“SkyBlew the Cowardly Boy” wants you to say it all together like A Tribe Called Quest (or perhaps A Pimp Named Slickback) but respectfully I’ve been calling him SkyBlew for a couple of albums now so I’m just going to stick to that. The funny thing is that “Cowardly” is not a word that I associate with SkyBlew now nor could I ever even begin to. He’s purposefully made the decision to be the antithesis of what is successful in what passes for commercial hip-hop these days, which strikes me as just about the bravest thing you could do. You’d sell more records sounding like Travis Scott than like De La Soul, but the high voiced SkyBlew refuses to compromise his style. Vocally he’s Suga Free and lyrically he’s Lupe Fiasco, and on tracks like the Ologist produced “The Great Fusilly” I couldn’t imagine anything greater.

“Dang! Seen friends that I’ve always known
wind up dead or in jail and the sentence runnin on
Should’ve known we was never that good in grammar
Just kids in the hood out of Alabama
Trying to make a way — nothing was given to us
And any DAY we can die, got that feeling in us
By the hands that guide us they tell us there ain’t no God
Even some police against us, ain’t no odds
in our favor — we labor for most of our lives
for the American dream, though it seems like a lie
while time flies, y’all got the right to believe in free
Cause love’s there when you need it to be
Am I too positive? Well I positively don’t CARE
about yo’ opinion, break away from their dominion!”

Positivity is hard to come by at any time in your life. If you’re young the obstacles to success can seem insurmountable, and if you’re old you may feel like the opportunities to succeed have already passed you by and been given to the young. What refreshes me time and again about listening to SkyBlew is that he seems optimistic without naivete, and knowledgeable about the world without the cynicism that the years of acquiring that knowledge can bring. It’s hardly surprising that Random has made him the featured act of his imprint other than himself, a man with equal amounts of positivity and street smarts combined, and another equally fearless rapper who is unafraid to proclaim his passions for video games, geek culture, or the grappling arts. Open your mind and join Sky for “Blew’s Vacation in the Big Stinkin’ City.”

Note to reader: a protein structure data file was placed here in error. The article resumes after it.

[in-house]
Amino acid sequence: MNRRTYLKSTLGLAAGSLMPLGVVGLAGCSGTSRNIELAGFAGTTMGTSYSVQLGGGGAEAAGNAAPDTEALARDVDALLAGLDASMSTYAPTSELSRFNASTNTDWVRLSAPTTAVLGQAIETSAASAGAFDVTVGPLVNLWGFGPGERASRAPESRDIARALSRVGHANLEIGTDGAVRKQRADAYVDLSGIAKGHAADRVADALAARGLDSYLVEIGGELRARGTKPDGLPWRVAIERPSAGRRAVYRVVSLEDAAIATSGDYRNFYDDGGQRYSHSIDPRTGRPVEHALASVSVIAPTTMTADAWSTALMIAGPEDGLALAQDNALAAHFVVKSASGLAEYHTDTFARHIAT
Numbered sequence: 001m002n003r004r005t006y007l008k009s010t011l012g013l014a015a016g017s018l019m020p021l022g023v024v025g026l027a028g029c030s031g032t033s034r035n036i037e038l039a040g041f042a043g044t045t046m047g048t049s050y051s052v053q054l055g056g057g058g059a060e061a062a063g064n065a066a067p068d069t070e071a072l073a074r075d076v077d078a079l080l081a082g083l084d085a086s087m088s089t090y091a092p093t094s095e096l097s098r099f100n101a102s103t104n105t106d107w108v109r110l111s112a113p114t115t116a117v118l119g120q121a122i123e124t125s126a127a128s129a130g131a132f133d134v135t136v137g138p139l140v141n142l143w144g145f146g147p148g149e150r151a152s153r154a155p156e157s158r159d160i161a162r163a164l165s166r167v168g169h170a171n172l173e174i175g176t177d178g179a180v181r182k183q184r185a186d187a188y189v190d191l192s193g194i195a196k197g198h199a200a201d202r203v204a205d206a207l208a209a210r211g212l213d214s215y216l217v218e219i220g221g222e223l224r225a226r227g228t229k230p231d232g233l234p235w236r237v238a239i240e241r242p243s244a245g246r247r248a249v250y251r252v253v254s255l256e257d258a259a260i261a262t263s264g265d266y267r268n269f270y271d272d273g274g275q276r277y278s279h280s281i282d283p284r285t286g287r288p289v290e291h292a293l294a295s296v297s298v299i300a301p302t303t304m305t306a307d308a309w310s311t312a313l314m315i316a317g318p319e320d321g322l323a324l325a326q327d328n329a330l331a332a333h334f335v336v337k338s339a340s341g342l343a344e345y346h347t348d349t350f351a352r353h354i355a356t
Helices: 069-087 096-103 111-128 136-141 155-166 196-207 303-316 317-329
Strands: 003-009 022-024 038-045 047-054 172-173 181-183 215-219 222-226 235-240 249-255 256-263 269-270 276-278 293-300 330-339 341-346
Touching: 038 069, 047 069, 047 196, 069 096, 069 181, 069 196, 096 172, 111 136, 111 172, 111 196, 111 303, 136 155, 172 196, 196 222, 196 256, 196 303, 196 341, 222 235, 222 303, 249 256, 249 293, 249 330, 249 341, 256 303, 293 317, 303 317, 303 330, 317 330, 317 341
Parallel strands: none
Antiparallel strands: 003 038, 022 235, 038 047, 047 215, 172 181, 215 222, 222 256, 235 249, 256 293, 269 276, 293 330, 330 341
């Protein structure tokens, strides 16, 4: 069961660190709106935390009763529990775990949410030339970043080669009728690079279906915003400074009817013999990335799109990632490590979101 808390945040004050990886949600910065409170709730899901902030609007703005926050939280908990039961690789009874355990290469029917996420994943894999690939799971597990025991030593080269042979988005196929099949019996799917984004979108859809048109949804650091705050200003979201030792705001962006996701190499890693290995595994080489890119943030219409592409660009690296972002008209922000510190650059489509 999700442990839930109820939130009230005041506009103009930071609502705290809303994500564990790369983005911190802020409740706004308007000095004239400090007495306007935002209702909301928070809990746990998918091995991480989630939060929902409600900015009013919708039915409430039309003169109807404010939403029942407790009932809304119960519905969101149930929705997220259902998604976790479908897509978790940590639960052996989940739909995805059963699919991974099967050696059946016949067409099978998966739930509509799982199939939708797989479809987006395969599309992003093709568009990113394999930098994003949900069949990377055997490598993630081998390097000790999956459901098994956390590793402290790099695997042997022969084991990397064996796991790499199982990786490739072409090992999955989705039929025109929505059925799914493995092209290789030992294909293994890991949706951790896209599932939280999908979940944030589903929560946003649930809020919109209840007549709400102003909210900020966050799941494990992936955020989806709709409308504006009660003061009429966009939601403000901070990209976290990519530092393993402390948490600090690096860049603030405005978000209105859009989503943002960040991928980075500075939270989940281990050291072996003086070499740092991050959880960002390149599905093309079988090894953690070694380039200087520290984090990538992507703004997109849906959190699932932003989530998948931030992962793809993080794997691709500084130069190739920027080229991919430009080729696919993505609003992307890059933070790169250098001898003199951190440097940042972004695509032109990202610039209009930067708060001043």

Ironically SkyBlew addresses his inability to relax on the track. “Gotta maintain focus, and provide hope for the hopeless/Wait, why I wrote this? I’m supposed to be chillin/Find a nice spot for concealin/Gotta clear my mind unwind and find healing/Ehh, but I doubt it.” Aww man Sky, it shouldn’t be that hard. It’s your third album now and you already delivered on the first two, so you deserve a break too. Sky is a deep thinker though and when your mind can play chess four or five moves ahead it’s hard to just turn that off no matter how good your intentions are. Even his song titles reflect the conundrum for Mr. Blew. He can’t even just be a “sick” emcee as he’s got a case of “The UNCommon Cold,” and scarily enough on “The Shadow of Mario” he describes himself as a kid who “used to cut himself on the daily thinking ‘Why my parents hate me?'” Aw man. Even as a cynical bastard listening to this song makes me want to reach out and give him a hug. Props to Scottie Royal for producing this one just the right way to not overshadow his feelings being brought to the forefront.

I often get the impression that recording music is therapeutic for SkyBlew, and coincidentally it will have that same effect on the listener too. So many artists (not just hip-hop) are far too eager to brag about what they have or can get, talking about conspicuous consumption and/or creating the next generation of those who will eagerly and greedily consume. Sky on the other hand would rather talk about everything we can all relate to whether rich or poor, have or have-not, big ballin’ or po pimpin’ — emotions. “They say I need some therapy” raps Sky over the mellow Praktikos produced “The Tower of Dr. ZaLOST.” Maybe we all do.

Even though the swinging friendly bounce of tracks like the Engelwood laced “SkyBlew Meets Bigfoot” or “The Nowhere News” (featuring Median) should find a home in any CD or MP3 player, there are still going to be those who doubt SkyBlew because he’s “Cowardly” and not “Courageous.” I’m not seeking a Cartoon Network double meaning there but you can find one if you like. What I’m trying to say is that we live in a society that extols false sincerity, a brave faced lie over the inconvenient truth, and acting like nothing’s wrong when everything is. That’s why SkyBlew is not and could never be “Cowardly” to me. He’s not just brave for embracing the unique sounding emcee he is and not bowing to mainstream trends. He’s brave because he’ll confront his fears in that most public forum of all — the naked truth of a performing artist. He’s flying high without a net and it turns out he doesn’t need it because this “Coward” is far braver than most of us.

SkyBlew :: SkyBlew the Cowardly Boy
8Overall Score